Hormonal changes caused by declining estrogen levels in mid-life are responsible for a whole festival of physical and emotional changes, including hot flashes, changes in sleep, body composition changes, dry skin, and mood swings to name a few. But here’s a bit of tasty news: By eating foods that help with hot flashes and other menopause symptoms (as well as adding a personal care system like Gennev), you might be able to avoid or reduce the severity of hot flashes.
Nuts and seeds to combat dry skin. Big-time almond lovers that we are, we’re thrilled almonds made this list. These foods provide healthy fats, protein, vitamin E, zinc, and fiber. The unsaturated fats in nuts and seeds can help retain the skin’s natural oils. Be sure to drink plenty of water to combat drier skin as well. Nuts and seeds are pretty densely caloric so be mindful of the portion size.
Dark leafy greens and the right fruits for better bones. Leafy greens like kale, collards, Bok choy, broccoli, spinach, and romaine lettuce are rich sources of readily absorbed calcium and Vitamin K. With the natural bone loss in menopause, it’s important to get enough calcium through the diet and/or with supplementation as needed (especially if you don’t consume regular dairy products which are high in calcium). Also magnesium, potassium and even boron are good soldiers in the fight against osteoporosis, so pile on the apples, pears, grapes, dates, and raisins.
Omega-3s to ease vaginal dryness. Flaxseed, olive oil, and some fish contain these healthy fats, so, eating more of these foods may help relieve the dryness and thinning of vaginal walls that can make everyday activities and sex painful. We also recommend adding lubricants and moisturizers like the Gennev moisture system to soothe symptoms.
Phytoestrogens to ward off hot flashes and other symptoms. Did you know soybeans have estrogen? Well, have you ever seen tofu having a hot flash? Gennev Dietitians suggest bumping up consumption of tofu, tempeh, miso, and other soy-based products as well as other phytoestrogen-containing foods like pumpkin seeds, sesame seeds, and sunflower seeds, celery, rhubarb, and green beans. Because these foods contain estrogenic compounds, they can relieve some of the symptoms caused by estrogen decline.
Protein–natural aging and estrogen decline causes a decrease in lean body mass (muscle loss) and protein is needed to maintain or grow that mass (together with exercise-specifically strength training). Gennev Dietitians suggest including either lean animal or plant-based protein to most meals and snacks to support maintaining muscle and helping with satiety, or feeling full.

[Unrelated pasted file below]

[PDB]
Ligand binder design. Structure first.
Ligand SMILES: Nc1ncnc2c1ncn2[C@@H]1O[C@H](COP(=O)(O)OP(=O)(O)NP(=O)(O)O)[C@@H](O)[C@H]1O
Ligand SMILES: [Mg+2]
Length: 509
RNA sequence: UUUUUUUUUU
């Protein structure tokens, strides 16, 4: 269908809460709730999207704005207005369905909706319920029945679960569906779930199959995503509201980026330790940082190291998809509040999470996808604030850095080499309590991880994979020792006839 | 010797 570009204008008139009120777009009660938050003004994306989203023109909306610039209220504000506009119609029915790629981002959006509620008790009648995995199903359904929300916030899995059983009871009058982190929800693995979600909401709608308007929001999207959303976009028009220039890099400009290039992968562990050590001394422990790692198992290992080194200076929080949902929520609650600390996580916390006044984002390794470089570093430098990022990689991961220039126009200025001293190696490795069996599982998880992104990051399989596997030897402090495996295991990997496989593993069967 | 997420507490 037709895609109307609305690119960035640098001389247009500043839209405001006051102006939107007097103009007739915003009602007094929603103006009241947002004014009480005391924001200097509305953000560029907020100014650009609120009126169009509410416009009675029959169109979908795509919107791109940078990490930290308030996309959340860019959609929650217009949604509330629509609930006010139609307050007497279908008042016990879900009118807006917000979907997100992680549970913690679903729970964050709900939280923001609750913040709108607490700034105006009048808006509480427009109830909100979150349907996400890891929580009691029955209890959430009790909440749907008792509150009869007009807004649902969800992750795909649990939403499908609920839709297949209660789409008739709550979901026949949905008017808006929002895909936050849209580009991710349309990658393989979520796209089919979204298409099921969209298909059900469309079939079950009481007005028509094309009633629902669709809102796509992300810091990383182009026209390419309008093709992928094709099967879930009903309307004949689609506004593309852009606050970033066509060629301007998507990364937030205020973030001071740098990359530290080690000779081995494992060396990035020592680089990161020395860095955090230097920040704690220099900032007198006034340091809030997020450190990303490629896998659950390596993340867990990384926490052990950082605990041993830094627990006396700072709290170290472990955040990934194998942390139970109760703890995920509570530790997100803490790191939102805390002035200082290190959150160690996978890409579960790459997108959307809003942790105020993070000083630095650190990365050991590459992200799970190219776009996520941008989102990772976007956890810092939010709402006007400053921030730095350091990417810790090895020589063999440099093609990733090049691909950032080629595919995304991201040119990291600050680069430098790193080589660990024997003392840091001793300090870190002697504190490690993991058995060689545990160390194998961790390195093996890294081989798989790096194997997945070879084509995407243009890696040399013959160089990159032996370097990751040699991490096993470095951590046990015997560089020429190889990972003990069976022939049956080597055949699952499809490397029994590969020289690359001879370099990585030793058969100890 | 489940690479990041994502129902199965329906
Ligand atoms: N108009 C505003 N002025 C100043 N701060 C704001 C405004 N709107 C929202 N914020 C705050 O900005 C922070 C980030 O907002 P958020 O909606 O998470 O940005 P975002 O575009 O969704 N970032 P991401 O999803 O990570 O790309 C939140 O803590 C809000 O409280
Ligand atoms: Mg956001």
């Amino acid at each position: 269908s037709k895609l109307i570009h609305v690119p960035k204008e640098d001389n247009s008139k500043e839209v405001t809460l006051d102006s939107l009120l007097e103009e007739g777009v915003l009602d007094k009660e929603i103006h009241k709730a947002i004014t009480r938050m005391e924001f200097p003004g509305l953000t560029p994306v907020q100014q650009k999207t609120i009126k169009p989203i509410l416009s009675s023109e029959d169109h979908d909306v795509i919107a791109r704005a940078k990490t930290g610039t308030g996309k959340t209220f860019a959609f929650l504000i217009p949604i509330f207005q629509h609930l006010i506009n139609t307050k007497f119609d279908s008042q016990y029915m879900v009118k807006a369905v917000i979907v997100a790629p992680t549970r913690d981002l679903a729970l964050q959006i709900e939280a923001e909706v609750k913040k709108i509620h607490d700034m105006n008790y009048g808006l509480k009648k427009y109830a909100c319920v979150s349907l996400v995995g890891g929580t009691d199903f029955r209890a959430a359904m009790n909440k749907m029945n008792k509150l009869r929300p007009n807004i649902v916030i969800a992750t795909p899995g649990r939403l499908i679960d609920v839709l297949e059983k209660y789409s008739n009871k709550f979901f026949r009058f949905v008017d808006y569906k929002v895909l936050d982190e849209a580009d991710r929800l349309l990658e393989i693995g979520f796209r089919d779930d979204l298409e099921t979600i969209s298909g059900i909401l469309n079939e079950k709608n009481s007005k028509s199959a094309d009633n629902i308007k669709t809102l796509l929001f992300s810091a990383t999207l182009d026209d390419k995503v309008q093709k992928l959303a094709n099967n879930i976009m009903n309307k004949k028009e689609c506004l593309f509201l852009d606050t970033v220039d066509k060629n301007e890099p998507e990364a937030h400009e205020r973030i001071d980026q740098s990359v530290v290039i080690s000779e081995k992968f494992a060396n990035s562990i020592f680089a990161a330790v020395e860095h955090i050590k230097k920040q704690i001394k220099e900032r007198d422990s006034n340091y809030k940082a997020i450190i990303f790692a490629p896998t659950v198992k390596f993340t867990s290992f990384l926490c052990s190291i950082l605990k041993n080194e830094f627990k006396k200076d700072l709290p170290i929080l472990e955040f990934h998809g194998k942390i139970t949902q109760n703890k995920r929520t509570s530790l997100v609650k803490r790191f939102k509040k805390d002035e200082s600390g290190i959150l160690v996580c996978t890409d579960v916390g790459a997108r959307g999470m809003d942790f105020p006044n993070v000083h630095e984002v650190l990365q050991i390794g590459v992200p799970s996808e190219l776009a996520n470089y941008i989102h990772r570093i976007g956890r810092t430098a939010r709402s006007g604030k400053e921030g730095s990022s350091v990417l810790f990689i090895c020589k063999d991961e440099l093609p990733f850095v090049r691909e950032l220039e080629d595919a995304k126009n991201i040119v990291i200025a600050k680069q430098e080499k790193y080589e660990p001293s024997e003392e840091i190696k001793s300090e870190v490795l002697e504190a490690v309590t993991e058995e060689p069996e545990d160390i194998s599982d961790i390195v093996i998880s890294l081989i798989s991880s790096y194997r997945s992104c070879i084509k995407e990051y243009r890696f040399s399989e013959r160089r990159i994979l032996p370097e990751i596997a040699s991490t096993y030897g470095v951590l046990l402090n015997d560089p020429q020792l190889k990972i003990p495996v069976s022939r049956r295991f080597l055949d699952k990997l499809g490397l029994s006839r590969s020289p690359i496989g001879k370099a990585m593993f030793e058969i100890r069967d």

Cool off those hot flashes starting now! Our Registered Dietitian Nutritionists are trained to support you in menopause. They will create a personalized nutrition and wellness plan to help relieve your symptoms, so you can thrive starting now.
During menopause, some foods are probably best avoided, or at least minimized, as they can make symptoms worse.
Coffee, caffeine, alcohol, chocolate, the spicy stuff. We know—add in a movie with Ryan Reynolds in it, and that sounds like a terrific Friday night. But while hot flashes are a problem, spicy foods, can all trigger a rise in body temperature. And you may not be sleeping all that well right now, so reducing caffeine could help that too. Ryan Reynolds movies, however, are not only OK but downright encouraged. Every woman’s body is unique and will have different food triggers so this may take some experimenting.
Sugar. If you find you’re tired a lot, the rises and dips in energy may be partly due to too much sugar in your diet. Fruit naturally contains sugar, but the water and fiber that go with it can help regulate your body’s absorption of sugar, so when you’re jonesing for something sweet, opt for a handful of frozen grapes or a really good peach instead. Since many women find it harder to maintain their weight when estrogen levels decline, ditching the donuts can have add-on (or don’t add on, in this case) benefits.
White carbs. The more processed the food, the easier it is for your body to process the calories from it. That’s why Dietitians recommend whole grain versions of your favorite carbohydrates. You’ll feel fuller longer and get more nutrition from whole grains like brown rice and whole-grain bread or whole wheat pasta.
What foods do you find make menopausal symptoms better or worse? You know we’d love to hear what’s worked for you on the Gennev Community Forums.
The information on the Gennev site is never meant to replace the care of a qualified medical professional. Hormonal shifts throughout menopause can prompt a lot of changes in your body, and simply assuming something is “just menopause” can leave you vulnerable to other possible causes. Always consult with your physician or schedule an appointment with one of Gennev's telemedicine doctors before beginning any new treatment or therapy.
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